Issue 6: Dialectic vs Antinomy
A Publication of the USF MFA in Writing Program

Contributors

Elmaz Abinader is a writer, poet, and playwright from Oakland, CA. Her works include a memoir, Children of the Roojme, a Family's Journey from Lebanon, and a poetry collection, In the Country of My Dreams. She has toured with 4 performance pieces and the Country of Origin Band. Her forthcoming works are another memoir, When Silence Was Frightening, and a poetry collection, The Torture Quartet and other Acts of Poetry. She teaches at Mills College. Her website can be visited at www.elmazabinader.com  
 
Jay C. Barmann is a fiction writer living in San Francisco.  
 
Ryan Bird's poems have been accepted in over 100 places. He is featured on Latchkey.net, the TothWorld Podcasts, and will also appear in the Outside Voices anthology of 2008. His latest chapbook, A Foldout Map of North Purgatory, will be published through Plan B Press in the fall of 2007. He operates Um, Yeah Press, edits a tiny magazine called Twaddle, and urges you to please visit his blog. It lives here: robotkissingbooth.blogspot.com.  
 
Jennifer Chapis is author of the chapbook, The Beekeeper's Departure (Backwards City Press 2007) and a limited-edition broadside, "Poem as Tossed Salad" (Center for Book Arts 2002). She has published poems with The Iowa Review, DIAGRAM, Hotel America, McSweeney's, Barrow Street, Quarterly West, the Best New Poets anthology series, and others. Her work was recently recognized with the Florida Review Editor's Prize, the GSU Review Poetry Prize, and a Pushcart nomination. Jennifer lives in California, where she operate a Web site marketing company, WebAha!, with her husband, fiction writer Josh Goldfaden.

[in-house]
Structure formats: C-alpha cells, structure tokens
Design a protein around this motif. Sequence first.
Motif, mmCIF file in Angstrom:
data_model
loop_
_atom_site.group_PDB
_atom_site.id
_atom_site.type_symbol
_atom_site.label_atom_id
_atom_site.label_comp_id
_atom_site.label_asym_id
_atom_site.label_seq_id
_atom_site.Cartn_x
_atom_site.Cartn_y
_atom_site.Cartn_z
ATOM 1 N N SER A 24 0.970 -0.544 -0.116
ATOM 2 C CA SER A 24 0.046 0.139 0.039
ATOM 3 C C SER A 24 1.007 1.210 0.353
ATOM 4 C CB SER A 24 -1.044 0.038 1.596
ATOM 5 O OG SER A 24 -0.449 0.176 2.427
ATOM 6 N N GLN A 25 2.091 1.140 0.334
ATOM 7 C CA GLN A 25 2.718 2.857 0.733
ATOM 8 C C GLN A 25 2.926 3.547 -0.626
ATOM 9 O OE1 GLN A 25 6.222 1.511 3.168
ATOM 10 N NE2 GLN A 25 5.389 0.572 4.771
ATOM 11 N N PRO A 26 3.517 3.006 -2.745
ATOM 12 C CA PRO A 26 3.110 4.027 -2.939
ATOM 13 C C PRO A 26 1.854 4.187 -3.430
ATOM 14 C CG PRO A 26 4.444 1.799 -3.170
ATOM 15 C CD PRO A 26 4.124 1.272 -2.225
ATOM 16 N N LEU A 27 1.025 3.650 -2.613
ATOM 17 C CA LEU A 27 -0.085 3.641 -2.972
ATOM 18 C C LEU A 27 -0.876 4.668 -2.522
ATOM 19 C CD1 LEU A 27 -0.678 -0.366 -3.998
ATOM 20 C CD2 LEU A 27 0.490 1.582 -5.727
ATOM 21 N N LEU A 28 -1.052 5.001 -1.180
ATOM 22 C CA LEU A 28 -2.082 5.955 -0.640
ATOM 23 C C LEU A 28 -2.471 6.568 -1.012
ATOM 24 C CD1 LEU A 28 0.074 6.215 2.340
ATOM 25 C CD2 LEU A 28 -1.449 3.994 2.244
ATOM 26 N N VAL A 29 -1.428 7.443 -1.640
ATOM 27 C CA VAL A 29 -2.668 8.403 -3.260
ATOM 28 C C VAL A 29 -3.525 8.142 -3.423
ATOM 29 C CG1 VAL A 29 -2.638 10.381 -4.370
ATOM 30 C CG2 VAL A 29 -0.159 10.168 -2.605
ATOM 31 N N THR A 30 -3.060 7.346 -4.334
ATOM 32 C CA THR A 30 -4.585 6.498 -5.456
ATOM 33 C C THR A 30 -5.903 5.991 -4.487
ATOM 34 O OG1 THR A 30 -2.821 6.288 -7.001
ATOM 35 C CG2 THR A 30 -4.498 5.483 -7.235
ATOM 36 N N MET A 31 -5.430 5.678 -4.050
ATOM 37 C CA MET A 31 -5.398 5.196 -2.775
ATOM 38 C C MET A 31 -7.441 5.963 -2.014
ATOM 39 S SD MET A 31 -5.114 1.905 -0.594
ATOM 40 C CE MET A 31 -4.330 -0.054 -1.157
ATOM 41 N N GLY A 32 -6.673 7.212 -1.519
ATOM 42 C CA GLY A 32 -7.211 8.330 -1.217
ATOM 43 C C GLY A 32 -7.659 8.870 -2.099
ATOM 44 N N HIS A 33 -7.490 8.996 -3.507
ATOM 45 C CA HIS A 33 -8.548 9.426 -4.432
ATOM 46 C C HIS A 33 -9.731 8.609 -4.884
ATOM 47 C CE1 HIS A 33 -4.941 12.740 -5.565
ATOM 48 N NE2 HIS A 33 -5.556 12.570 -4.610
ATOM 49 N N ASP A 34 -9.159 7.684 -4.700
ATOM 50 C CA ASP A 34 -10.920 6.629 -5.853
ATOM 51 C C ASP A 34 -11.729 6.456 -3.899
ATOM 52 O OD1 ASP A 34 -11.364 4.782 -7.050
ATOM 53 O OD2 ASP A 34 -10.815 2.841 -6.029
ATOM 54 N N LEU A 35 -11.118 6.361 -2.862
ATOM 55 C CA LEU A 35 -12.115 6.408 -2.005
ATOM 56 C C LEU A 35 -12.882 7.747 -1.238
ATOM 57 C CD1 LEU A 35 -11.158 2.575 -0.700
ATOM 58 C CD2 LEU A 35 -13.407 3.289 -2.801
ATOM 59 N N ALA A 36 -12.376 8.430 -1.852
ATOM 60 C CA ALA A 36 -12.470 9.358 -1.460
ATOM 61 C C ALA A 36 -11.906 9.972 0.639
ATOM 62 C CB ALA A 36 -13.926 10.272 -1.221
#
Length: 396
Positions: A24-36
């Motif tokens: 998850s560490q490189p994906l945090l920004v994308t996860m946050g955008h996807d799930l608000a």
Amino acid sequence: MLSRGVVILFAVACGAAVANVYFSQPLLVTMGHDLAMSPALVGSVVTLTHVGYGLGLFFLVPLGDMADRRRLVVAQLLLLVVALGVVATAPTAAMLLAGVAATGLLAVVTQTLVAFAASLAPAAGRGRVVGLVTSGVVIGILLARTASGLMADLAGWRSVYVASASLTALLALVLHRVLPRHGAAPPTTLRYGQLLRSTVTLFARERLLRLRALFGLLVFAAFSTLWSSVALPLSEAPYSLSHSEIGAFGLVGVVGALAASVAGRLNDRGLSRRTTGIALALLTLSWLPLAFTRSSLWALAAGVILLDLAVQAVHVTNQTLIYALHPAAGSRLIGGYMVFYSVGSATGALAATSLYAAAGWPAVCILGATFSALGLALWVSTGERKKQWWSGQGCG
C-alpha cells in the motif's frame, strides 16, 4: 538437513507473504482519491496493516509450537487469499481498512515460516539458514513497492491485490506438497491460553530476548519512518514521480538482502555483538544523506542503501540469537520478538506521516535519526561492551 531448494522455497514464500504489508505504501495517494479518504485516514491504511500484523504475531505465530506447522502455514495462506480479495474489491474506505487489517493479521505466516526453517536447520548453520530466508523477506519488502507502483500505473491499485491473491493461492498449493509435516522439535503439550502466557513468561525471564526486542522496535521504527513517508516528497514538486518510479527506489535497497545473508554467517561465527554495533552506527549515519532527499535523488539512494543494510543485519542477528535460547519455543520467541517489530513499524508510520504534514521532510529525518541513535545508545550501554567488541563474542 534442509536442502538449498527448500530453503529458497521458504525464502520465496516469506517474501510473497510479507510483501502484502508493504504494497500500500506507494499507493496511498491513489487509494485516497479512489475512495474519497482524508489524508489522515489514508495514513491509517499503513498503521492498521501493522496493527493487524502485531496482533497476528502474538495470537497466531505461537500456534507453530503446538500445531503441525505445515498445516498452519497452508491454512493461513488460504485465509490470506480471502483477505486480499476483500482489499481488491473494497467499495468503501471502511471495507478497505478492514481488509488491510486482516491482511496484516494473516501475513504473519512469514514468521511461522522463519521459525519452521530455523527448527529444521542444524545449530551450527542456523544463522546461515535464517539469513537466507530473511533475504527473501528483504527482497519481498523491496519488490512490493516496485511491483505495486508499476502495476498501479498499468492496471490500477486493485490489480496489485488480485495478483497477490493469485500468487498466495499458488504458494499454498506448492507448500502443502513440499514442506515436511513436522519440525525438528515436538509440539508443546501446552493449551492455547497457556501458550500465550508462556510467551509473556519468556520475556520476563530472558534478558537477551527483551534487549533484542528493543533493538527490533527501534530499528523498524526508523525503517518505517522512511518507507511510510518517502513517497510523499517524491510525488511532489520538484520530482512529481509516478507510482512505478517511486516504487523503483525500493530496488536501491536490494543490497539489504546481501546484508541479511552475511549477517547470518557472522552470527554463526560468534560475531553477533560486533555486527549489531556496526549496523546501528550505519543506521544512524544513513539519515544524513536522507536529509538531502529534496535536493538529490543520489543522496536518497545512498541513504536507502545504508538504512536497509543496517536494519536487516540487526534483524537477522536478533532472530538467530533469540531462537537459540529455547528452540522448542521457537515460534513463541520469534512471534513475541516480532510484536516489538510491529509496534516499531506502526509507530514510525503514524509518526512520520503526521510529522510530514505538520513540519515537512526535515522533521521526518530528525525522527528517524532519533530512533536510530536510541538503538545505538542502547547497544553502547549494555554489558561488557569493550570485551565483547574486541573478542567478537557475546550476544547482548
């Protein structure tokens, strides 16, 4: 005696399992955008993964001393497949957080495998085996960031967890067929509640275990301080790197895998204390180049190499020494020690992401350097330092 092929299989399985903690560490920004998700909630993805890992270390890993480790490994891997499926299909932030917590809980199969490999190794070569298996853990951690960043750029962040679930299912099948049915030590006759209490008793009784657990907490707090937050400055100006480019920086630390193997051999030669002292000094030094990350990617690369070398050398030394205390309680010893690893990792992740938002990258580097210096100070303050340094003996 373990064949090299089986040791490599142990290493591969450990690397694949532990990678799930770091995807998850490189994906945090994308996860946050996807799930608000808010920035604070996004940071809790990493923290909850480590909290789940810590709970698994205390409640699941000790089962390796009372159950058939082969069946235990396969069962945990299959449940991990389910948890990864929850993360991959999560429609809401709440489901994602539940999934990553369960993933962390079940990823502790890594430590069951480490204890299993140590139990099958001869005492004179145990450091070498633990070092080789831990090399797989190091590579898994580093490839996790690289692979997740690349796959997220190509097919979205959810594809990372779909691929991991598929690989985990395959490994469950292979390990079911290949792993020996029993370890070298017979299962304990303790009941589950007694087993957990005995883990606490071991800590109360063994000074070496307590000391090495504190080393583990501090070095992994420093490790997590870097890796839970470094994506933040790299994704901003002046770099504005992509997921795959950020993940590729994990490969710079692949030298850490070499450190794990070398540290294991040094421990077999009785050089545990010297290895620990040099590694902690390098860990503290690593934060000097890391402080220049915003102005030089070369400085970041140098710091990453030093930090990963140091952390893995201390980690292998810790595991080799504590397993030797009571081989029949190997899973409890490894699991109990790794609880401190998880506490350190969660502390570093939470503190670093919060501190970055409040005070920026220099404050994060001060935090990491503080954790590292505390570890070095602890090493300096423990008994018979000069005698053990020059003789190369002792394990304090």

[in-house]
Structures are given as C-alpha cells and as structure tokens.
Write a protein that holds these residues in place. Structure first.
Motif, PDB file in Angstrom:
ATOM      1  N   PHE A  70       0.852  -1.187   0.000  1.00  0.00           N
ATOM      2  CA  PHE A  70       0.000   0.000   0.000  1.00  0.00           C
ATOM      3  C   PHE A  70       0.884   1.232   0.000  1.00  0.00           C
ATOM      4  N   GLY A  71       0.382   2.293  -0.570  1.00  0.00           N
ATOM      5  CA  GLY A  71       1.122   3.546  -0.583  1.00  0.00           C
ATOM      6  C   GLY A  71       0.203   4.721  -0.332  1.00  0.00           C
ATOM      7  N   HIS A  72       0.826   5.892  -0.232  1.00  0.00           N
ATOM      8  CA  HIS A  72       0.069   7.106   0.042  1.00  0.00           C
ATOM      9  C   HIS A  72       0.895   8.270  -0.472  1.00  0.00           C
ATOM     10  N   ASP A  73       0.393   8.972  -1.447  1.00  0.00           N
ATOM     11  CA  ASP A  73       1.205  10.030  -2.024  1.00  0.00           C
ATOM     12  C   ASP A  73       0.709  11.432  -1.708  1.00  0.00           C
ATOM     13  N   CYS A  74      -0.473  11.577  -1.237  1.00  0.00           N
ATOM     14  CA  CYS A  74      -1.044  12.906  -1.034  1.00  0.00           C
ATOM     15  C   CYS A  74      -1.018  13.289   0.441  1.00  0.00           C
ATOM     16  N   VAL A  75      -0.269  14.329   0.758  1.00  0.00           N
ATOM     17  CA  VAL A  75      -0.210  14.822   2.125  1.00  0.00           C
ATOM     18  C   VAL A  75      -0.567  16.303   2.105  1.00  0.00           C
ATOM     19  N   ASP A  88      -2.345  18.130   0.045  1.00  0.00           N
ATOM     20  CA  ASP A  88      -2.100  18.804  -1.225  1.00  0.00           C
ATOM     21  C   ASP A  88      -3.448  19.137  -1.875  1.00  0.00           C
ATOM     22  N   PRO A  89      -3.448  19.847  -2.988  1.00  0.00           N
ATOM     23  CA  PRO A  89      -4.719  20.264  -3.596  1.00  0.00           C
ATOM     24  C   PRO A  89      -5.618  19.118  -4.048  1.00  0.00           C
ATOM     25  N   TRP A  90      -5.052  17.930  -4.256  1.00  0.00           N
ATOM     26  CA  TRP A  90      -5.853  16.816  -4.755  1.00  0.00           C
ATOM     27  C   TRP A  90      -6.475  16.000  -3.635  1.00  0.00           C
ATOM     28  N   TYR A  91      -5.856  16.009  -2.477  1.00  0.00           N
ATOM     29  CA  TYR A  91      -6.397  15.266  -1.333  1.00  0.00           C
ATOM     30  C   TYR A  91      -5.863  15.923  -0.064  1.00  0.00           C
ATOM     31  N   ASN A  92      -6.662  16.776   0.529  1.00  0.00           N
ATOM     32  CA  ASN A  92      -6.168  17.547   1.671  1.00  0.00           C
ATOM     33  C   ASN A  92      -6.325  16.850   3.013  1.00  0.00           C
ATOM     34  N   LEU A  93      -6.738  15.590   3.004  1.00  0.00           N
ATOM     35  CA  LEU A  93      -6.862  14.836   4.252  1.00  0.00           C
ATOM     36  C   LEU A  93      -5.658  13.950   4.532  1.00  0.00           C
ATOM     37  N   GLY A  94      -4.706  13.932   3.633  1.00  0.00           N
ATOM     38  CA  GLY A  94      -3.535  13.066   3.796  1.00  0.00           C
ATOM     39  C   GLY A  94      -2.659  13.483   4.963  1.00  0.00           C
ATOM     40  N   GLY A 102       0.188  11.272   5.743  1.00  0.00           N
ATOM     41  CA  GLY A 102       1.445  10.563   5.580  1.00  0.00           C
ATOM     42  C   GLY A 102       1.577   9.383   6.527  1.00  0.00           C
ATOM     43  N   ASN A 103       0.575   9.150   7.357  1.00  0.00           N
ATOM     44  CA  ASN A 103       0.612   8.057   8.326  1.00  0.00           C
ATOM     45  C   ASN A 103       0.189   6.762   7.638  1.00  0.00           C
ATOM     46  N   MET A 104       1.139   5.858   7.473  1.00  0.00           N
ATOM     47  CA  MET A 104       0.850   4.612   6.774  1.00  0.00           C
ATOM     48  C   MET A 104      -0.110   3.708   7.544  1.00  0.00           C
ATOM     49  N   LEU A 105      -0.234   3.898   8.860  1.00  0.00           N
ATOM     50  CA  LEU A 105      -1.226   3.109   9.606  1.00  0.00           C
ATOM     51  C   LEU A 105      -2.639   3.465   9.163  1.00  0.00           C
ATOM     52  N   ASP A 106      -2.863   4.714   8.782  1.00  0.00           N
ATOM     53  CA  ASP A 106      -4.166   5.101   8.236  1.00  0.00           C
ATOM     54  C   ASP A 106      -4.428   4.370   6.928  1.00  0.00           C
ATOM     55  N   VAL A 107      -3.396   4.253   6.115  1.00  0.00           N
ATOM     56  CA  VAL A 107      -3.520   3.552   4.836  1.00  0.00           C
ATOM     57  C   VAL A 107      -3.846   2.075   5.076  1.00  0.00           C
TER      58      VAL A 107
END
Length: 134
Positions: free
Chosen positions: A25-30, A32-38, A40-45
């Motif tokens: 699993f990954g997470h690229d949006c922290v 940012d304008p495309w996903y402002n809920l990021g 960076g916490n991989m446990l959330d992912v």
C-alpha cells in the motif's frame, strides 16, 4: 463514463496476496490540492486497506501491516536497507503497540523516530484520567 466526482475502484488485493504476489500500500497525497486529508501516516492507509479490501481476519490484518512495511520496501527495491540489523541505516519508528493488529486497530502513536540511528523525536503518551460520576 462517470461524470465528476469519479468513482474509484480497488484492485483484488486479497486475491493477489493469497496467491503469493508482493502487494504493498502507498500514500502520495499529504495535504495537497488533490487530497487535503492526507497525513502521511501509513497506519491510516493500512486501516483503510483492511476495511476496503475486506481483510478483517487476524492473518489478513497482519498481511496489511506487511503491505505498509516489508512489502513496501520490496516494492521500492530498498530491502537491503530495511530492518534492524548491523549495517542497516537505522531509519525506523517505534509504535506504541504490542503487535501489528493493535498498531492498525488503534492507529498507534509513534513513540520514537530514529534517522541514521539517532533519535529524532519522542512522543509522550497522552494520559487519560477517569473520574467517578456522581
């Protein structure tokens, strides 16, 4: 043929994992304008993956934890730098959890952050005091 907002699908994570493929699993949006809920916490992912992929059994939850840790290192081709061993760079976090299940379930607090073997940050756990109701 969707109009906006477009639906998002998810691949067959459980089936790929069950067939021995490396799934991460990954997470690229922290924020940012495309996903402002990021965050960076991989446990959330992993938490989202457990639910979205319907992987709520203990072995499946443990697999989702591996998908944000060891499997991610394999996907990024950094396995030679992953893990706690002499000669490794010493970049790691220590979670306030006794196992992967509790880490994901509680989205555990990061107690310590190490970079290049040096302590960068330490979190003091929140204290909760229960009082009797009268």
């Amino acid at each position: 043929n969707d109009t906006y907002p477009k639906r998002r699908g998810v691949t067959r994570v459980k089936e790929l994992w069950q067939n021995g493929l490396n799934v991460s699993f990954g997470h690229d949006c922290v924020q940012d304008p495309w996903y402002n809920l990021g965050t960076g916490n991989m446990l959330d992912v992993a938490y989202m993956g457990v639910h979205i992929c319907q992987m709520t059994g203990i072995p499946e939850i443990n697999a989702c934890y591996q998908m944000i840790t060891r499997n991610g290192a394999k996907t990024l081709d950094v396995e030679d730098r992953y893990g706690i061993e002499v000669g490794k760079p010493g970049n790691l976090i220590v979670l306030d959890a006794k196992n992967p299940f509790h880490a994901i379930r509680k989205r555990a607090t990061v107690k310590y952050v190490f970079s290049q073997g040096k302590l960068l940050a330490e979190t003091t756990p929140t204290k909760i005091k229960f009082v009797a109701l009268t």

Robin Demers is a poet who lives in San Francisco and is the author of two chapbooks, Two Red-Fingered Moons and Face of the Sea Lion. She has studied privately with Diane di Prima and founded the All Poets Welcome Reading Series. She currently attends the MFA in Writing Program at the University of San Francisco and works for the University of California Press.  
 
Camila Fernandez is a San Francisco-based fine art sculptor and painter. A graduate of the Academy of Art University, she now shows in the Wendt Gallery in Laguna Beach, California. Camila is also a teacher at Artworks Fine Art Studio in San Francisco. Camila has been featured in The Artist's Magazine and ArtKudos.com. Her work can be seen at www.camilafernandez.com. Camila and her husband, Andrew, will be welcoming their first baby boy in November.  
 
Allison Goldstein grew up in South Florida, and after trying out a few other states, currently resides in the San Francisco Bay Area. She received her MFA in Creative Writing from the California College of the Arts in 2006 and has been published in Maximum Rock'n'Roll, and Italics Mine, among others, and currently writes educational articles about sexual health for Good Vibrations.